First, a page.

Maybe you can even play the Sims that is their competition. And when you’re playing, then you actively try to sabotage your main sim. And, yeah, it can just be a whole back and forth where you’re just trying to pick up the pieces and at the same time, put the pieces in the way. Right? But this get you crazy conflict. You could also have conflicting career goals. You could set career goals for your Sims that have moral ambiguity, and that put them in a tough spot where they’re not really sure how they should decide because either it’s like choosing between 2 evils maybe. For example, imagine your sim is part of the mafia and is given the task to assassinate the town mayor or leading detective, but your sim is conflicted because they have some sort of relation to this target. I actually played this very storyline in the Sims 3.

Gloria [00:09:07]:

I used a mod called from NRAS called the career mod or something like that. And it gave you the family, so to say, in the game as a career where your sim was able to join the mafia. My sim, it was a family father. He joined the mafia, and one of their first tasks was to take out a cop who happens to be his son’s fiance. I’m not making this up. The game did this or the mod. That was brilliant. I loved it.

Gloria [00:09:30]:

Obviously, he had to do the deed, have photo proof, and even consoled his son afterwards. It was dramatic and a lot of fun. Another scenario, maybe your sim really wants to get to the top of the career ladder, but they aren’t particularly hardworking or skilled. Is there any way they could persuade their boss otherwise or get rid of any other competition? Maybe, you know, you have connections to your colleagues. Right? But if you, you know I don’t know. I don’t know what would happen if you get rid of all the literally, like, I don’t know, even all the puffer fish, if that would, like, speed things up for you. But I think in the Sims 3, the way the mechanics work for the jobs, you can actually I think you can move forward in your job even if your skills aren’t super high, like your relationship with your colleagues and your boss play a role than your skills and something Yellow. I think your mood.

Gloria [00:10:21]:

And there doesn’t have to be a balance. Like, one can be more powerful, and then you can still get that promotion. So I think that you could definitely schmooze your way to the top, I think, in the Sims 3. Different relationship dynamics can also bring conflict. You can add some romantic complications, to make it where your sim has to navigate the complexities of love. For example, love triangles are always fun. You can have some unrequited love. You know, perhaps the sim they bumped into, you know, that meet cute.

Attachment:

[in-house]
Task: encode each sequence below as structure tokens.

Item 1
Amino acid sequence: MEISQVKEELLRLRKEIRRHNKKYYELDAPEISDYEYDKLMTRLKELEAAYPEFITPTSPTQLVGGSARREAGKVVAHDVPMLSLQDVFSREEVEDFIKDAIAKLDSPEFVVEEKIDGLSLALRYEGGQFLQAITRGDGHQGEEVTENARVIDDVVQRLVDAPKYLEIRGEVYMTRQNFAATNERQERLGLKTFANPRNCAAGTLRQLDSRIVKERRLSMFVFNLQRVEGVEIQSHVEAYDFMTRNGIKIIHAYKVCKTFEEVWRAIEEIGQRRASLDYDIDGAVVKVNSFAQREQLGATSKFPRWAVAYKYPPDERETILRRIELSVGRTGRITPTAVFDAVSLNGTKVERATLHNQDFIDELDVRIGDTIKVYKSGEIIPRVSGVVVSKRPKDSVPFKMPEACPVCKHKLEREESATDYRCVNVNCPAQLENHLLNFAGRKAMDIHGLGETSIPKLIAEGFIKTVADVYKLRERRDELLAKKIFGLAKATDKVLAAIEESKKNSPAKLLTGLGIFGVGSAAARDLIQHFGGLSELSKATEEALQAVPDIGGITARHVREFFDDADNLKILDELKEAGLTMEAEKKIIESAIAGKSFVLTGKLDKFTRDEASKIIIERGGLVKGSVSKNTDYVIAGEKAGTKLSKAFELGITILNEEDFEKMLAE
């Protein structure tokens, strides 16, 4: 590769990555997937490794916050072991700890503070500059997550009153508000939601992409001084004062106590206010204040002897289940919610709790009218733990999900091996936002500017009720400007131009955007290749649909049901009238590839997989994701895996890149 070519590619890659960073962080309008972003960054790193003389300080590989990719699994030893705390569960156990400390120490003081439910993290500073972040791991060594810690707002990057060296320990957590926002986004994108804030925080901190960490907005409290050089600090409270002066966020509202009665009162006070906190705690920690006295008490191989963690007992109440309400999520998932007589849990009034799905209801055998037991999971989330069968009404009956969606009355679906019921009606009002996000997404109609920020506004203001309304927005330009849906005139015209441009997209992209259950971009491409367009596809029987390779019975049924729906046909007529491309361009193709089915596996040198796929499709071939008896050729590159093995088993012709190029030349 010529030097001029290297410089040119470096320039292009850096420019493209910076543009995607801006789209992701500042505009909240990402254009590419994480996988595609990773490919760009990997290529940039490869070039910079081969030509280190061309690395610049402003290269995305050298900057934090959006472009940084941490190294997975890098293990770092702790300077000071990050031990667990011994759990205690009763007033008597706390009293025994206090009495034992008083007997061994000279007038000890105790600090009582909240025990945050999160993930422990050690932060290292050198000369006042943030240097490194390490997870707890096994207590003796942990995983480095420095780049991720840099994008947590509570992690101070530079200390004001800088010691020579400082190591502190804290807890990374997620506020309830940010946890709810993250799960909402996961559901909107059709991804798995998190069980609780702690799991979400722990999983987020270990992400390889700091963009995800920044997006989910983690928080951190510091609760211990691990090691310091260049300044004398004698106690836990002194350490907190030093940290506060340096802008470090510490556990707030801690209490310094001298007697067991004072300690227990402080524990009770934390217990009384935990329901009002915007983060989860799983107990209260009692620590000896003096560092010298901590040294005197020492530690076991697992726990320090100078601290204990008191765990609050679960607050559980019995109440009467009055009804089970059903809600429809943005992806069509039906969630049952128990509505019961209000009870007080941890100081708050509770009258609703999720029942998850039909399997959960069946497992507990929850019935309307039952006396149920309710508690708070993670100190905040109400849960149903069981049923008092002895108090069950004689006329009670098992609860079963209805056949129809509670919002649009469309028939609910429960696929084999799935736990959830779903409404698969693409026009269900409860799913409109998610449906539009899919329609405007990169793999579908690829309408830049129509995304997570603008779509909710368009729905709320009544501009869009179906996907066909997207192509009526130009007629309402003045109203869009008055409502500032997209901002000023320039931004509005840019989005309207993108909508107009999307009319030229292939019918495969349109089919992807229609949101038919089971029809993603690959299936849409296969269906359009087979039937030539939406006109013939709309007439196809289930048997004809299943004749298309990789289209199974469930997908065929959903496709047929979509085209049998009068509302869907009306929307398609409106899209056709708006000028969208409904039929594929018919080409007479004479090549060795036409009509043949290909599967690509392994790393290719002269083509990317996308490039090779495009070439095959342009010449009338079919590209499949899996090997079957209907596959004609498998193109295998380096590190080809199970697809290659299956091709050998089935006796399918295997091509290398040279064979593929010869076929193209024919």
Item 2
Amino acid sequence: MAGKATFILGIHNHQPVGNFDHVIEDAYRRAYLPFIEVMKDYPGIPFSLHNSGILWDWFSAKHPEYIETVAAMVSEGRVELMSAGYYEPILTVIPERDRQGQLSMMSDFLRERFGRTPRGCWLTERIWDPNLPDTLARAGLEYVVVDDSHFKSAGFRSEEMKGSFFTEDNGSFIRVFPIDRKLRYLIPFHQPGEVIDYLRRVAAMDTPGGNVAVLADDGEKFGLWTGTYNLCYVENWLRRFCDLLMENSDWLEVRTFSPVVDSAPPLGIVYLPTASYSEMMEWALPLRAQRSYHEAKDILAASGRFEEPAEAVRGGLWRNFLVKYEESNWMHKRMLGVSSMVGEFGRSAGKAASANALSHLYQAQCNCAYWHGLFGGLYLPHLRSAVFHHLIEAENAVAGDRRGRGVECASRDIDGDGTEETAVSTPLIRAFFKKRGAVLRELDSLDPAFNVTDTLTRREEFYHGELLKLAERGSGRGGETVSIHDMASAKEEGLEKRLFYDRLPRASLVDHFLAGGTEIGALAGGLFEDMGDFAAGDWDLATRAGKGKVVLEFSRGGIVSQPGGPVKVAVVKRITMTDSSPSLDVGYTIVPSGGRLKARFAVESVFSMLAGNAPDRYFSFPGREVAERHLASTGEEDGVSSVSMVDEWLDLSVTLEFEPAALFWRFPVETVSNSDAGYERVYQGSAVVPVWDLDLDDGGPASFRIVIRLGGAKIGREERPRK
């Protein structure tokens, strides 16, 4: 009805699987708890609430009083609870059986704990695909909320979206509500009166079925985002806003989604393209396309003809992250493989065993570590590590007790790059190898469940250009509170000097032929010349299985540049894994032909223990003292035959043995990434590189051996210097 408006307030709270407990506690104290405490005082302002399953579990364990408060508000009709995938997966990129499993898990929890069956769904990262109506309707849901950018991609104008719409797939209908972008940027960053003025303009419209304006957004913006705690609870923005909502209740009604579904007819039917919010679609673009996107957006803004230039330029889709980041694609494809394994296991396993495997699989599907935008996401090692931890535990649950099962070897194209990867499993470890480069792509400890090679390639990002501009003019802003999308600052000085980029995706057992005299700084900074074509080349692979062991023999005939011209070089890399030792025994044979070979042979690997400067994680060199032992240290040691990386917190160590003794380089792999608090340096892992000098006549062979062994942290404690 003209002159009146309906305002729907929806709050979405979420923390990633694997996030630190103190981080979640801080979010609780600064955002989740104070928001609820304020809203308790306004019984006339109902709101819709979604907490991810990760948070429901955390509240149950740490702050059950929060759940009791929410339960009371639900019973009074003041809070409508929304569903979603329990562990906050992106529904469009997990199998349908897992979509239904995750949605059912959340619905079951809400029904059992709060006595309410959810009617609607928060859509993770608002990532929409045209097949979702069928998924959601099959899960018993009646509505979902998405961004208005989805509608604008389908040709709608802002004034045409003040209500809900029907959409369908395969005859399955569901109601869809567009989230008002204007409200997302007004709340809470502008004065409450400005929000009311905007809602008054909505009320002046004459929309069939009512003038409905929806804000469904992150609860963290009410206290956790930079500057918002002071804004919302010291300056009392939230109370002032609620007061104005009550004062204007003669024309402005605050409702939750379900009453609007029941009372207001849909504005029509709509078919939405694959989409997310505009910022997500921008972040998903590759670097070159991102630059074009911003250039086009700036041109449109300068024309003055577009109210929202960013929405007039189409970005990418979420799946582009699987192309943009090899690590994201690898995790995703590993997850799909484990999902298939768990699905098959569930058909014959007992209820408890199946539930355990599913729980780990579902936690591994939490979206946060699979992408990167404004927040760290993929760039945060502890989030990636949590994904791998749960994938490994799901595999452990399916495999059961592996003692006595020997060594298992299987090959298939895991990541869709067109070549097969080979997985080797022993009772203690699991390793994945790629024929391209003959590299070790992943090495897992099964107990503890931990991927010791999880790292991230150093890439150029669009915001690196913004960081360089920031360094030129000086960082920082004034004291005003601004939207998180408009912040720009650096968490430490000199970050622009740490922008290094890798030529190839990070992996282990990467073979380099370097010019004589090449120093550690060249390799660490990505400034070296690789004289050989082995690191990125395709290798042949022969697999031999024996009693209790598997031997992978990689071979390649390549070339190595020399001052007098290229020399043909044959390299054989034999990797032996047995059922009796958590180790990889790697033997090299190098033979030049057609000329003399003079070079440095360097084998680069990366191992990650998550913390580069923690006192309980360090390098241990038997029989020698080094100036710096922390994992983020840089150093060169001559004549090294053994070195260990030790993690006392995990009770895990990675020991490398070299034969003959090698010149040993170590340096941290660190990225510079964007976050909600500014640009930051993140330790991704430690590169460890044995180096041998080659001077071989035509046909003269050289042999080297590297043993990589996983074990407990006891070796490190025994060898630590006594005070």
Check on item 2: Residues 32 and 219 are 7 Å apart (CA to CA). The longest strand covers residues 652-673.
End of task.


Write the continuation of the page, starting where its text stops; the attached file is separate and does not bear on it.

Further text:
Gloria [00:10:51]:

They’re super incompatible with them, or they find them unattractive. You know, you could be playing with I think I don’t think there’s attractiveness in the game quite yet. But if you play with wonderful whims or wicked Sims, or even there’s a mod by that also introduces attraction now, that could be that the sim just hates their guts, like, is really not interested. But your sim is. They’re like, oh my god. This is like the one. I need to make it happen. Well, it’s gonna be a bit harder now because that other sim is not playing ball, which is fun because now you have to work for it.

Gloria [00:11:22]:

Or you could have forbidden romance, affairs. Maybe the sim your sim is going after is married. Maybe they’re married themselves. Maybe it’s the boss. Maybe it’s their best friend’s partner. Or why not have the challenge of a long distance relationship? Imagine if your sim is in Willow Creek, and their love is somewhere far away in Bright Chester or something like that. Let’s just imagine Bright Chester is far away. And they can only communicate via phone or they can only meet in person once a month or so.

Gloria [00:11:53]:

That could be difficult to maintain that type of relationship. Another source of relationship woe could be within the family. So maybe you have some sort of family feud. You know, you can have some sibling rivalry, you know, battle to be the heir, classic. Maybe the parents weren’t so great, and they ditched their child. And so now you maybe you’re playing with a sim that’s alone in a household. I think you can probably cheat it. A teen is living alone or something like that, And they have to fend for themselves because their parents were really shitty.

Gloria [00:12:24]:

Or or within the family, there’s some sort of disagreement about lifestyle choices, or you have the challenge of blending families. For example, if you have, like, 2 sims that are in love, but they both have Sims, they both bring kids into the new relationship. Maybe the kids aren’t liking each other too much and argue. That could create some conflict. Or I think especially fun could be to play with frenemies, like friend or foe, where you have, for example, maybe university buds that are secretly trying to outrank each other, or party girls in a dance club gunning for the top spot of the dance competition, or maybe have a couple of neighbors, again, riffing off of media I love, the desperate housewives series, where you have one neighbor that is super prim and proper, and the other is just just barely keeping it together. And they act friendly to each other, but they actually secretly envy the other one’s life. I don’t know if that was actually the case in the desperate housewives. I definitely had to think about that when I was thinking about the prim and pop proper versus the less prim and proper neighbor.